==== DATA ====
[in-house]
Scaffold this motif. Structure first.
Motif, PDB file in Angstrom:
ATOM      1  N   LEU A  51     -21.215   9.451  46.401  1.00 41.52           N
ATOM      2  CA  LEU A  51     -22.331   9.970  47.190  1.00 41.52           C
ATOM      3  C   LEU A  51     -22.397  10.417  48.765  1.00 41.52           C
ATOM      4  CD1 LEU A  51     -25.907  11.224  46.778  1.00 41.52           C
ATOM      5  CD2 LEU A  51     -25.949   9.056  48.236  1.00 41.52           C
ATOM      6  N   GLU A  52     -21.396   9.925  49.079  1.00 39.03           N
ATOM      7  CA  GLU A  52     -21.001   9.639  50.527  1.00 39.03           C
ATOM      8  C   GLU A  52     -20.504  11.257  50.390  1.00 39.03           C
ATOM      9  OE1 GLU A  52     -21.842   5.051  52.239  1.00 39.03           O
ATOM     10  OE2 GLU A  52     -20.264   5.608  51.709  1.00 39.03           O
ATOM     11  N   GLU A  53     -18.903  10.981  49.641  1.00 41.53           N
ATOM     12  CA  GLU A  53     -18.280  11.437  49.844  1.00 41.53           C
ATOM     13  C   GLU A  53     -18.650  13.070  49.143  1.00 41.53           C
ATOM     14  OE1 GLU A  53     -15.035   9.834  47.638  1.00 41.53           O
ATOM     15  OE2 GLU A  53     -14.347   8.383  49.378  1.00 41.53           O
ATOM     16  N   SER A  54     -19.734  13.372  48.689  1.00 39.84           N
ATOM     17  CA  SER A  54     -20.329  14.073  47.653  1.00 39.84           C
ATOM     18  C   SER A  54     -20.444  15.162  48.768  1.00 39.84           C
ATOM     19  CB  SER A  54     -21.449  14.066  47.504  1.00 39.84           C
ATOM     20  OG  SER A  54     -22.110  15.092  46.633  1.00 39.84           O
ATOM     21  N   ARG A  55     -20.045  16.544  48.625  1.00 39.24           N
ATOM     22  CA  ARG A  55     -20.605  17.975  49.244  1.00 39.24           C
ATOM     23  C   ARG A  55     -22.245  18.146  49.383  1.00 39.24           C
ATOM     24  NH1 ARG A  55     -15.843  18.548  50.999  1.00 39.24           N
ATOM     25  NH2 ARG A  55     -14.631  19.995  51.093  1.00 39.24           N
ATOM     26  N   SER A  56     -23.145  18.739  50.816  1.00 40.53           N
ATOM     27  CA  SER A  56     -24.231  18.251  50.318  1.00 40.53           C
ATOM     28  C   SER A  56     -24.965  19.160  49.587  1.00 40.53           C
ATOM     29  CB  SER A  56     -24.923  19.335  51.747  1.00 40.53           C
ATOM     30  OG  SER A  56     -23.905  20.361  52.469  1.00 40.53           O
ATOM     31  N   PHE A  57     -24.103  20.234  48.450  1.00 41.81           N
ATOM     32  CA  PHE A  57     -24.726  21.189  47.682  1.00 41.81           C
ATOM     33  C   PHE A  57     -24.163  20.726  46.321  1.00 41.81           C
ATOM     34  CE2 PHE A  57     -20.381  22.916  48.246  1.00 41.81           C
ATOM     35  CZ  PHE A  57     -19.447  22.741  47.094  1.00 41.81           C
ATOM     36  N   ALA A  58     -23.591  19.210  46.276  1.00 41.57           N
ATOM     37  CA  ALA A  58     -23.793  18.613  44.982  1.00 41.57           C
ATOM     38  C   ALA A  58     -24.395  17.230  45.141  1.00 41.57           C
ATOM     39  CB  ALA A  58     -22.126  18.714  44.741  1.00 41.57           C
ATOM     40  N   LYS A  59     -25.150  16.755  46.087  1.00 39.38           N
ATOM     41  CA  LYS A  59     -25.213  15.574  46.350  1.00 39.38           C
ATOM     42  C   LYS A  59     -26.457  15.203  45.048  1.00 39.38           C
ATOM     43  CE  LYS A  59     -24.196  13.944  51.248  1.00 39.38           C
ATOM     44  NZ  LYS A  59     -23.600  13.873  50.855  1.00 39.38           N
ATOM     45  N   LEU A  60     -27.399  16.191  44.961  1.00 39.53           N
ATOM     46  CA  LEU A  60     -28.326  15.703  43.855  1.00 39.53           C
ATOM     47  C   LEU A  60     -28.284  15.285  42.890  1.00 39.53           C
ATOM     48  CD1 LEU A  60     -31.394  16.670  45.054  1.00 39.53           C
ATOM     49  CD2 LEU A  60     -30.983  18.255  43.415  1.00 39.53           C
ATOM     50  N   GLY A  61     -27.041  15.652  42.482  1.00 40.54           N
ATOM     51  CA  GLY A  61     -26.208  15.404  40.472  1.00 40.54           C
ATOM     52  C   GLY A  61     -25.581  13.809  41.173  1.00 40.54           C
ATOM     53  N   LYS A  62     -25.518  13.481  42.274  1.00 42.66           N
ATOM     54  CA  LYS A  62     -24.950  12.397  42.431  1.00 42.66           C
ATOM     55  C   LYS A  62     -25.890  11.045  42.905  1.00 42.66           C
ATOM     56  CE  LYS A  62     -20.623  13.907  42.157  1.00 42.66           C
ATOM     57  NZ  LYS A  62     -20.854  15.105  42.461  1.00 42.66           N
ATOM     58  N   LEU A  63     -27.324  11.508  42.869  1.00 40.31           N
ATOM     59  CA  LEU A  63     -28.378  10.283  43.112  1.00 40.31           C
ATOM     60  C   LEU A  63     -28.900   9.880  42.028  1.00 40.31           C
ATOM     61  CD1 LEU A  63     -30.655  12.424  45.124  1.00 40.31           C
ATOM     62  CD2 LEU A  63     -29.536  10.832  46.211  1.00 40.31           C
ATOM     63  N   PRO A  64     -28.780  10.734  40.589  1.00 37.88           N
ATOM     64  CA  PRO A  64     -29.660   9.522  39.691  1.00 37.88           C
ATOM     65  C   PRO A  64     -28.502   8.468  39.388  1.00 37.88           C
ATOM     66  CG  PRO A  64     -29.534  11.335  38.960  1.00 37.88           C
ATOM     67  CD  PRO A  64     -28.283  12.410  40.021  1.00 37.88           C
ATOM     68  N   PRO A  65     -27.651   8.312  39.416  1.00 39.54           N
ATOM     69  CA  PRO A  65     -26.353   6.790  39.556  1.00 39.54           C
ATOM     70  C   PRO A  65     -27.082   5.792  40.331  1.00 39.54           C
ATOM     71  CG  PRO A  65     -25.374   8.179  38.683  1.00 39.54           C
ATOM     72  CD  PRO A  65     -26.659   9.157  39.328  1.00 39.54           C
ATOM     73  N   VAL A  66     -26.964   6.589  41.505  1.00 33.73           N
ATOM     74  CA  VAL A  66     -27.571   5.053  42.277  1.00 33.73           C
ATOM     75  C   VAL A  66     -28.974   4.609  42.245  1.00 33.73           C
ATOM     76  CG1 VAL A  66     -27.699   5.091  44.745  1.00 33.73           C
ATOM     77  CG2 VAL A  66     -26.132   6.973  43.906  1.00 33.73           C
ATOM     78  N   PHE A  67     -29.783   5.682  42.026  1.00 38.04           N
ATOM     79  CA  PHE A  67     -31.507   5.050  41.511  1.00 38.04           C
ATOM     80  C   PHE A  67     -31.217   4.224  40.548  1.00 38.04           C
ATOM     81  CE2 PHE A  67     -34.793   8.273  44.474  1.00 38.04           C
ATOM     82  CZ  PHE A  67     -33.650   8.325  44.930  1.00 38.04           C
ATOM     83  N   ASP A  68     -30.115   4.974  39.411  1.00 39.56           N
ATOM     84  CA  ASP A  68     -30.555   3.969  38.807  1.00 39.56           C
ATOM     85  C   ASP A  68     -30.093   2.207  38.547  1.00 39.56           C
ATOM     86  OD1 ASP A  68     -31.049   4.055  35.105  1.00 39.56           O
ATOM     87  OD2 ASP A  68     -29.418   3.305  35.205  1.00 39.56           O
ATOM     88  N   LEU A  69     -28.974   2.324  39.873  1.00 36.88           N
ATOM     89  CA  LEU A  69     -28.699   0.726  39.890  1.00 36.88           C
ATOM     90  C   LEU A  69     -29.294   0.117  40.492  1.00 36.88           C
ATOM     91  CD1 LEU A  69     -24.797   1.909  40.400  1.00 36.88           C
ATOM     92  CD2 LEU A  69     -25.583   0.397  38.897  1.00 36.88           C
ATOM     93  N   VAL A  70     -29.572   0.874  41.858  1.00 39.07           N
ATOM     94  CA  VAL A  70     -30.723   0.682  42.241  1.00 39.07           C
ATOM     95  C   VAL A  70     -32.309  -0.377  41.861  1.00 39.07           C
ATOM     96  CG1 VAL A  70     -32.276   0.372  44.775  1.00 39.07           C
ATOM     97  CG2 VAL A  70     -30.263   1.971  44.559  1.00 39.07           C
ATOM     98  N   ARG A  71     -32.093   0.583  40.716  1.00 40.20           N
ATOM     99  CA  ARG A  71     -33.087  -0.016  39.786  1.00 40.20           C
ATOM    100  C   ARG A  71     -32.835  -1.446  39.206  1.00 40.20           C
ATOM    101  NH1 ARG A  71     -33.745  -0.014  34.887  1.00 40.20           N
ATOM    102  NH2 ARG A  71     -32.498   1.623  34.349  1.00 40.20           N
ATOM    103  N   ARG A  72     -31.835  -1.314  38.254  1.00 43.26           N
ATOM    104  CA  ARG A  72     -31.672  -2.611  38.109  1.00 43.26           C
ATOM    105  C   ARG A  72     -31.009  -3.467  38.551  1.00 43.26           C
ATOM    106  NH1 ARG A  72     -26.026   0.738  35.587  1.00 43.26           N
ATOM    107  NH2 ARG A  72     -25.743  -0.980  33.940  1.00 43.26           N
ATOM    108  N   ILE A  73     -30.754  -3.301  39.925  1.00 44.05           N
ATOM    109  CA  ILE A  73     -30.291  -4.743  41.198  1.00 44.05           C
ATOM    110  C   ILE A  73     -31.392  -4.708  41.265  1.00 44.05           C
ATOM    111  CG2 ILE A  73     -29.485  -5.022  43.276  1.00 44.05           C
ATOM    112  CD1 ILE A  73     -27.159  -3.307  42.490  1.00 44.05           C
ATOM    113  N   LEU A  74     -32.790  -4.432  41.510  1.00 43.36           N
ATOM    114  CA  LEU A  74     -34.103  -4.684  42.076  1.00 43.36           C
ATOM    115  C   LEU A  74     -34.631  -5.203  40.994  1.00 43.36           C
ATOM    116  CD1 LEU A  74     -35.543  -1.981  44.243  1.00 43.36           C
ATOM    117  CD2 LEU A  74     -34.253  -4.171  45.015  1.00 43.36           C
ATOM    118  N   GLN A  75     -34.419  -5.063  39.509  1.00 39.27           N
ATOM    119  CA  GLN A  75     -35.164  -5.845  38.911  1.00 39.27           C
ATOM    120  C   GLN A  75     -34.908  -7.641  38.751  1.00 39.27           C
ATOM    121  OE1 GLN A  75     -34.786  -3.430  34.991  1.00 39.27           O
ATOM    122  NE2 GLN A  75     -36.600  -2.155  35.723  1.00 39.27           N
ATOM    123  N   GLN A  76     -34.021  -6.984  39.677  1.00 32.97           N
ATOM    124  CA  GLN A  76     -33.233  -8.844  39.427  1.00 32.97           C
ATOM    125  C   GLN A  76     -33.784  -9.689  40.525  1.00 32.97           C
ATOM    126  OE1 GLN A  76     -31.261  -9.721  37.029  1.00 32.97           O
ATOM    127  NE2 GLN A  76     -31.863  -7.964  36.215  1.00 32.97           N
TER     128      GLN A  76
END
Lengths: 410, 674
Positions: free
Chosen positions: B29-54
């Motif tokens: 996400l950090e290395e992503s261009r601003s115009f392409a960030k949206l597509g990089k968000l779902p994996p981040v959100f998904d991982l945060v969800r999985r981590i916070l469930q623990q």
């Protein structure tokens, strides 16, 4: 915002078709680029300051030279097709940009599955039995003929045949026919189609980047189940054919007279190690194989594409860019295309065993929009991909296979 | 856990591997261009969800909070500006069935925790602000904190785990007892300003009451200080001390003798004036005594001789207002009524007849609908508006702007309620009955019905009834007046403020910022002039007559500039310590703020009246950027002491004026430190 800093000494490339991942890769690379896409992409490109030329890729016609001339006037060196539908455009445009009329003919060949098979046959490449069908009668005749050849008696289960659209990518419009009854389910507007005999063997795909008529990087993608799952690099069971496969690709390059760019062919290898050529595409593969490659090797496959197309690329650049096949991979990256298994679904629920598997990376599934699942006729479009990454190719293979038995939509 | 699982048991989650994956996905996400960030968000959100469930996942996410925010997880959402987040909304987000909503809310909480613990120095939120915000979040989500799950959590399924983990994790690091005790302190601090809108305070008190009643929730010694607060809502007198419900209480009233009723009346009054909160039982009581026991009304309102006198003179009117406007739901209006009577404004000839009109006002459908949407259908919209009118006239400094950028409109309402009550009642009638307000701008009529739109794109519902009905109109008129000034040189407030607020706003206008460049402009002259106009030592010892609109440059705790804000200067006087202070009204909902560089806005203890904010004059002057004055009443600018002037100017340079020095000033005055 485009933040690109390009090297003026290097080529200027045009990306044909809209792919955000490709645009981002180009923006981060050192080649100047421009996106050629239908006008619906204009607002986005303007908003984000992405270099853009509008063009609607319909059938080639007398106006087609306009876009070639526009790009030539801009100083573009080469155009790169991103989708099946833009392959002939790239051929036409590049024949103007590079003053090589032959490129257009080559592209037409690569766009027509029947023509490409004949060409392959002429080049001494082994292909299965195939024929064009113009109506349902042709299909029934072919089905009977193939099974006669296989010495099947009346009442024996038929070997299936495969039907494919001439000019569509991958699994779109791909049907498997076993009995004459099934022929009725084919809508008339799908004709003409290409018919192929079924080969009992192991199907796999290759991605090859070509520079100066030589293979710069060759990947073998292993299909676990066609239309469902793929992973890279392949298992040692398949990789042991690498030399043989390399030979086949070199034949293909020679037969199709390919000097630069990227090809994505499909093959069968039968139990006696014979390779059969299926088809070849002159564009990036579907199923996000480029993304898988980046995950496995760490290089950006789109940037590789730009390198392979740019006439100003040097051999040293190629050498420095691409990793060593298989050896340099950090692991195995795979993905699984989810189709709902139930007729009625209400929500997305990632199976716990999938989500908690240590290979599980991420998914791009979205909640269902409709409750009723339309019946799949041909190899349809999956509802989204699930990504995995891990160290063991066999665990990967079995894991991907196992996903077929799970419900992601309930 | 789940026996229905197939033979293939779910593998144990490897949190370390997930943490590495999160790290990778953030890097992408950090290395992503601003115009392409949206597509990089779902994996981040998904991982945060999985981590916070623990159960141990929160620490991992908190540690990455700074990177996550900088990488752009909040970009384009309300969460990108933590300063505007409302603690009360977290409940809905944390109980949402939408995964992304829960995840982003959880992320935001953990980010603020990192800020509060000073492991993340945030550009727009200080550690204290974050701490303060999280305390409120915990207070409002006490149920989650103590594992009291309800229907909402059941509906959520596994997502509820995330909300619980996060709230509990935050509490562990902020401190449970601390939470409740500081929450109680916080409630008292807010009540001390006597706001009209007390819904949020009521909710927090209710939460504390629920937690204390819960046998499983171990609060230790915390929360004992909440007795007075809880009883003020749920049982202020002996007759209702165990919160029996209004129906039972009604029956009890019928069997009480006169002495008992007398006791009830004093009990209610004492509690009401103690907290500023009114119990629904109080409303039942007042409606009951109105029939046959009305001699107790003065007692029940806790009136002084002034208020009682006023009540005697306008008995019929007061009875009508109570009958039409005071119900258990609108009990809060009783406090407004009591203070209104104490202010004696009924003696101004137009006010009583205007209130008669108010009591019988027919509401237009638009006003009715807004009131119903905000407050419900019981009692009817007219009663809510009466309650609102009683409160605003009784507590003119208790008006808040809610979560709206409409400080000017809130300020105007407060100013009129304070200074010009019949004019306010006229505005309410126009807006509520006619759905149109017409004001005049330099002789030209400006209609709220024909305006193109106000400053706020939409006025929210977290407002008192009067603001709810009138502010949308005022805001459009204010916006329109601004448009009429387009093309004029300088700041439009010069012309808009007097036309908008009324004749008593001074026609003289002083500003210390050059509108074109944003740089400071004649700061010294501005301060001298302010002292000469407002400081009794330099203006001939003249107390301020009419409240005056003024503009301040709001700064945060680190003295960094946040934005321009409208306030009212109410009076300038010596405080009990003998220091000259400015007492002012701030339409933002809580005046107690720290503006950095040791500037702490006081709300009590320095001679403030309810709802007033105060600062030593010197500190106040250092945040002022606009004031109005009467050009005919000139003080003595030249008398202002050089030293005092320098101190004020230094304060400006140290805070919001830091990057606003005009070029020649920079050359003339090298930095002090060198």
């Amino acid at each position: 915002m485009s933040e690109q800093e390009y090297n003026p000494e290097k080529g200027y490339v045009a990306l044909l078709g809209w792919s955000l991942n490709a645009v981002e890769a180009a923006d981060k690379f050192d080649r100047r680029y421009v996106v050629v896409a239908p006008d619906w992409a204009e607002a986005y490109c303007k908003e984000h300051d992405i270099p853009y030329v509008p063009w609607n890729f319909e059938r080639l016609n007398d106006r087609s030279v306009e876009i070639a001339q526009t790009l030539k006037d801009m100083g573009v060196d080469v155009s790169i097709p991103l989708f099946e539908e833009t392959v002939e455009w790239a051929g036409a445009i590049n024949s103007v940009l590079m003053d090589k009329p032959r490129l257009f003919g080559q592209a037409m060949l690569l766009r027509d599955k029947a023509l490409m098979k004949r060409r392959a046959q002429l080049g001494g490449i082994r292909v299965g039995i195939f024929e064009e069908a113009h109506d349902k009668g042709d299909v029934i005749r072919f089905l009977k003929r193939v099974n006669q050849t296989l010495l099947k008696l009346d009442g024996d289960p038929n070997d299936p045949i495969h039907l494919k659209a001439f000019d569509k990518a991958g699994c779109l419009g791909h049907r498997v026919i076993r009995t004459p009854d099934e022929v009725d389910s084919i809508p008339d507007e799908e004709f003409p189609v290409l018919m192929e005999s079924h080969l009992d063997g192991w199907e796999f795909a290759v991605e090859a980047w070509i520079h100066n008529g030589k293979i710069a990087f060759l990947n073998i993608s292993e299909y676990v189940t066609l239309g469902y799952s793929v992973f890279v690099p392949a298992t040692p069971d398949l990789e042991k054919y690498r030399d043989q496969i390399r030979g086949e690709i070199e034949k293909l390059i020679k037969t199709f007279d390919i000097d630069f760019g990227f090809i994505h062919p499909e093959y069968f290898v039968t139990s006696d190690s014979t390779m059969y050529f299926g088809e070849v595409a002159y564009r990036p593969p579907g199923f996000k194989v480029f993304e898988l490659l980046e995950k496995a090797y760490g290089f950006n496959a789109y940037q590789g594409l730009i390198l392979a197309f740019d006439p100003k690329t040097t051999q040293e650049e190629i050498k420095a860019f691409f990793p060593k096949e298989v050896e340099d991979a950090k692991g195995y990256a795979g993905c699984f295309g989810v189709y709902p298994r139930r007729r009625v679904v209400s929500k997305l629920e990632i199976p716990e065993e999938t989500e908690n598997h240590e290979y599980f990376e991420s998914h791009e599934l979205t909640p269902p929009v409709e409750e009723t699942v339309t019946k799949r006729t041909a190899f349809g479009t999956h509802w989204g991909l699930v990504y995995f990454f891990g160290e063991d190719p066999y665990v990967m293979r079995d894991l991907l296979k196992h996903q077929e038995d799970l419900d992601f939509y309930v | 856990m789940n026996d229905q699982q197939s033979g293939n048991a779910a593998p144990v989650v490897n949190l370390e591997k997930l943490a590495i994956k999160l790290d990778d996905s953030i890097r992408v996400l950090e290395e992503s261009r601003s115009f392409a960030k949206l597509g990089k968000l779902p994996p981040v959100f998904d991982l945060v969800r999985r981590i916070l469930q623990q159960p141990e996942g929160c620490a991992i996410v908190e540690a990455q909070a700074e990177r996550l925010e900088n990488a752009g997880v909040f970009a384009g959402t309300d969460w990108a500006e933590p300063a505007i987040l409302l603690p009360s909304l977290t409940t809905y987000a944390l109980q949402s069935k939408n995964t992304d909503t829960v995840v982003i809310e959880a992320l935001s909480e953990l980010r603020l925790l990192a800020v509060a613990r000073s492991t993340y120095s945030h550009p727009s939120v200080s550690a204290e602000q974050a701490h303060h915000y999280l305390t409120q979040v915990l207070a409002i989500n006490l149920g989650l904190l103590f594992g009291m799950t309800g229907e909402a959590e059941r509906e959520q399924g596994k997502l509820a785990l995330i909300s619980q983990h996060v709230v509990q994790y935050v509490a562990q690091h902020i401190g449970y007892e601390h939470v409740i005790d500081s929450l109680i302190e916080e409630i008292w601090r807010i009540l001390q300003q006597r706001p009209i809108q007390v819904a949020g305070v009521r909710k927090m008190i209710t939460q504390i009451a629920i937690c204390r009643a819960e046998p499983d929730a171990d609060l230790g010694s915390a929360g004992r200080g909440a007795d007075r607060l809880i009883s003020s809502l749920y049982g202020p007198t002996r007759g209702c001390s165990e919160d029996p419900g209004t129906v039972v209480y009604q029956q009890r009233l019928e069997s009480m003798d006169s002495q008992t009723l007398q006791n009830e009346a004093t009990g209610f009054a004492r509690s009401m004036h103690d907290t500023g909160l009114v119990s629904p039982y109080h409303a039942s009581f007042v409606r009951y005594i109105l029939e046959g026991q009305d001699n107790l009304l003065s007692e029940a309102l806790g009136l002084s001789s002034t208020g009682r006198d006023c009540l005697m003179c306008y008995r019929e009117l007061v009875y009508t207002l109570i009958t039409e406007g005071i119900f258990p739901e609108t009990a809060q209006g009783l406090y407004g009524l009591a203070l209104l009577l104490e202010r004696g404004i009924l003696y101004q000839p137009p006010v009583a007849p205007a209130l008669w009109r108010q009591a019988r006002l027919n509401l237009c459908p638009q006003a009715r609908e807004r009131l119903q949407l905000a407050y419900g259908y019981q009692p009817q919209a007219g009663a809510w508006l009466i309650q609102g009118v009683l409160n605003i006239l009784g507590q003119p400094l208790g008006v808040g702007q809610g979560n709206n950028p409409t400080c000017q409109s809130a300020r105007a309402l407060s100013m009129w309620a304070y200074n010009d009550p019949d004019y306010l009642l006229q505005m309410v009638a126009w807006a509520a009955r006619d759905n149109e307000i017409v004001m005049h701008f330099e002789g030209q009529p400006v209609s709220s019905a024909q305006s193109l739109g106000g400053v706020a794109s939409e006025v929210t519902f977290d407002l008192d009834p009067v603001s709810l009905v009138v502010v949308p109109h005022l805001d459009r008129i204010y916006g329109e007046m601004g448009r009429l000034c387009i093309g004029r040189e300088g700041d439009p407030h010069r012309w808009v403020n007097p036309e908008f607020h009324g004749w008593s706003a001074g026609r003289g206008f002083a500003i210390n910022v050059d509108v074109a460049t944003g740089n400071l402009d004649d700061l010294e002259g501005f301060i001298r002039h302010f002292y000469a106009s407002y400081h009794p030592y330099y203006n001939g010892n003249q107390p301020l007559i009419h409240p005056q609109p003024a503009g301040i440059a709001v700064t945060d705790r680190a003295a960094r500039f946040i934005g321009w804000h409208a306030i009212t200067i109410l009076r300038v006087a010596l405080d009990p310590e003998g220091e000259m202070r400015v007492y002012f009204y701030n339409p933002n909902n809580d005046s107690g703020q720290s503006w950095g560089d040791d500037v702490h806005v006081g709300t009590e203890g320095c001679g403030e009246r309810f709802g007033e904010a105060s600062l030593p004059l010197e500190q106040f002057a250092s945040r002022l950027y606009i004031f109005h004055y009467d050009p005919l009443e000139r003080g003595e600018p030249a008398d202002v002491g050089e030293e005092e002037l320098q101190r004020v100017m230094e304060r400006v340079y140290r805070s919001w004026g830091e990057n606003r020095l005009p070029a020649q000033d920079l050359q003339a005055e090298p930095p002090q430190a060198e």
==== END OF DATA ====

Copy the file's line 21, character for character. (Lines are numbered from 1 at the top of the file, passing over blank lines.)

ATOM     18  C   SER A  54     -20.444  15.162  48.768  1.00 39.84           C